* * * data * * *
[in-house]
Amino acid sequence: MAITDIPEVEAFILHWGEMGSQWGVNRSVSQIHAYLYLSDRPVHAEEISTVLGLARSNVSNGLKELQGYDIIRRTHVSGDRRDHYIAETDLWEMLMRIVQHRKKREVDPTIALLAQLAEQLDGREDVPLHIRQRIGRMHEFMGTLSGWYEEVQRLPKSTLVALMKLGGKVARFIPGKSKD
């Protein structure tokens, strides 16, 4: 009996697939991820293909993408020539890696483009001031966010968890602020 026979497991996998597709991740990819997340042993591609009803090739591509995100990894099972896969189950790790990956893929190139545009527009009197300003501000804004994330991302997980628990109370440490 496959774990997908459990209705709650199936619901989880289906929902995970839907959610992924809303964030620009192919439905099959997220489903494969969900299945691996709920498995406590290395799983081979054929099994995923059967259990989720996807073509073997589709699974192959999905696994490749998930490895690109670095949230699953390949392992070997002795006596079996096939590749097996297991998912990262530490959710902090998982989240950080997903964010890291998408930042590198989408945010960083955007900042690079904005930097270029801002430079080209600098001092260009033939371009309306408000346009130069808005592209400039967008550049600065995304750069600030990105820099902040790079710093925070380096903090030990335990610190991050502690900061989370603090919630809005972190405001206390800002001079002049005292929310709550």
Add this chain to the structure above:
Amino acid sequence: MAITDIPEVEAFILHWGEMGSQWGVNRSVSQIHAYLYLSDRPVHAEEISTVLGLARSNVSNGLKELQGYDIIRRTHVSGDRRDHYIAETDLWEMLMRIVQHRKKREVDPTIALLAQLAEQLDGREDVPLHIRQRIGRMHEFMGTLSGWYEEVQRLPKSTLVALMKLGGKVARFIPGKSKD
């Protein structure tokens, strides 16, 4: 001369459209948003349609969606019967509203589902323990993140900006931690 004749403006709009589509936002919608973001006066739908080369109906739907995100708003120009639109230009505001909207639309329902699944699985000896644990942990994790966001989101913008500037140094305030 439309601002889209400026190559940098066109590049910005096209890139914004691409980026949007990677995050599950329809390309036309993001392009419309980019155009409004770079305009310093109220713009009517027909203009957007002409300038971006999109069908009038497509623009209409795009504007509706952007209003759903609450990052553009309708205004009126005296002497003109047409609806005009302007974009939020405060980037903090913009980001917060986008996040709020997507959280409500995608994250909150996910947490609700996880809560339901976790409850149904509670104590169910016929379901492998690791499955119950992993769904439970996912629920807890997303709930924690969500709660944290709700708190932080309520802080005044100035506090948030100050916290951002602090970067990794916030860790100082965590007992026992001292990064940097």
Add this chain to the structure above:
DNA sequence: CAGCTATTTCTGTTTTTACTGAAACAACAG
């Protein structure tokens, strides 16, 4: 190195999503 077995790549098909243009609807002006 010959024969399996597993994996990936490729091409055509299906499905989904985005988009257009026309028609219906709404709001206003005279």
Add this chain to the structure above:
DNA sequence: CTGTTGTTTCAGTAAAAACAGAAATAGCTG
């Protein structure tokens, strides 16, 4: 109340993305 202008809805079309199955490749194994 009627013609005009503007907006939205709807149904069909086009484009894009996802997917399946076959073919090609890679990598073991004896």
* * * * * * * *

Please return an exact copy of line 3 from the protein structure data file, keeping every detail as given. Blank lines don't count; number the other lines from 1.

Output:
């Protein structure tokens, strides 16, 4: 009996697939991820293909993408020539890696483009001031966010968890602020 026979497991996998597709991740990819997340042993591609009803090739591509995100990894099972896969189950790790990956893929190139545009527009009197300003501000804004994330991302997980628990109370440490 496959774990997908459990209705709650199936619901989880289906929902995970839907959610992924809303964030620009192919439905099959997220489903494969969900299945691996709920498995406590290395799983081979054929099994995923059967259990989720996807073509073997589709699974192959999905696994490749998930490895690109670095949230699953390949392992070997002795006596079996096939590749097996297991998912990262530490959710902090998982989240950080997903964010890291998408930042590198989408945010960083955007900042690079904005930097270029801002430079080209600098001092260009033939371009309306408000346009130069808005592209400039967008550049600065995304750069600030990105820099902040790079710093925070380096903090030990335990610190991050502690900061989370603090919630809005972190405001206390800002001079002049005292929310709550």